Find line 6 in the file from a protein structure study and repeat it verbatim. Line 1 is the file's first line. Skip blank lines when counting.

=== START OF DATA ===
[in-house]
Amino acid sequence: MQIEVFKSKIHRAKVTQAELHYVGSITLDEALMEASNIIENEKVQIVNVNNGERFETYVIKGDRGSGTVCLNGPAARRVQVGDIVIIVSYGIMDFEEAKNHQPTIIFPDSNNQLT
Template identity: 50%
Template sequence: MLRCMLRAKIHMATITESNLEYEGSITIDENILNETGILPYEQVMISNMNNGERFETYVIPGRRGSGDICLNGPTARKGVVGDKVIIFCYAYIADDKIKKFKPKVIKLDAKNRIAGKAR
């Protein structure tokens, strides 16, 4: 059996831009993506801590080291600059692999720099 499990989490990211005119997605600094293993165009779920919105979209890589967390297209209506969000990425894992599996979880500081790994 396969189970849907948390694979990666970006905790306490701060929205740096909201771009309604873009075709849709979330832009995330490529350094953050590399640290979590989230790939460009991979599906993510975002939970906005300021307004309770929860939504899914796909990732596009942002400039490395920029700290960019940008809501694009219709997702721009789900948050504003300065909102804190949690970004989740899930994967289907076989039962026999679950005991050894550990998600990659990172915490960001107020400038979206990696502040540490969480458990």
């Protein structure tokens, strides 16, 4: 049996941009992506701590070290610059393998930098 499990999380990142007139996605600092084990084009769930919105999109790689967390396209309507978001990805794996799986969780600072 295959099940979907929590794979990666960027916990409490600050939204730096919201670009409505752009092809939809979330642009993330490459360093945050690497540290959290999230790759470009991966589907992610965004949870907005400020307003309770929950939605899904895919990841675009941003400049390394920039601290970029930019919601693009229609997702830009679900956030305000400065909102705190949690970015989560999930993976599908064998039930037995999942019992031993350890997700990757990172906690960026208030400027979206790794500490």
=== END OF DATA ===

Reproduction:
């Protein structure tokens, strides 16, 4: 049996941009992506701590070290610059393998930098 499990999380990142007139996605600092084990084009769930919105999109790689967390396209309507978001990805794996799986969780600072 295959099940979907929590794979990666960027916990409490600050939204730096919201670009409505752009092809939809979330642009993330490459360093945050690497540290959290999230790759470009991966589907992610965004949870907005400020307003309770929950939605899904895919990841675009941003400049390394920039601290970029930019919601693009229609997702830009679900956030305000400065909102705190949690970015989560999930993976599908064998039930037995999942019992031993350890997700990757990172906690960026208030400027979206790794500490």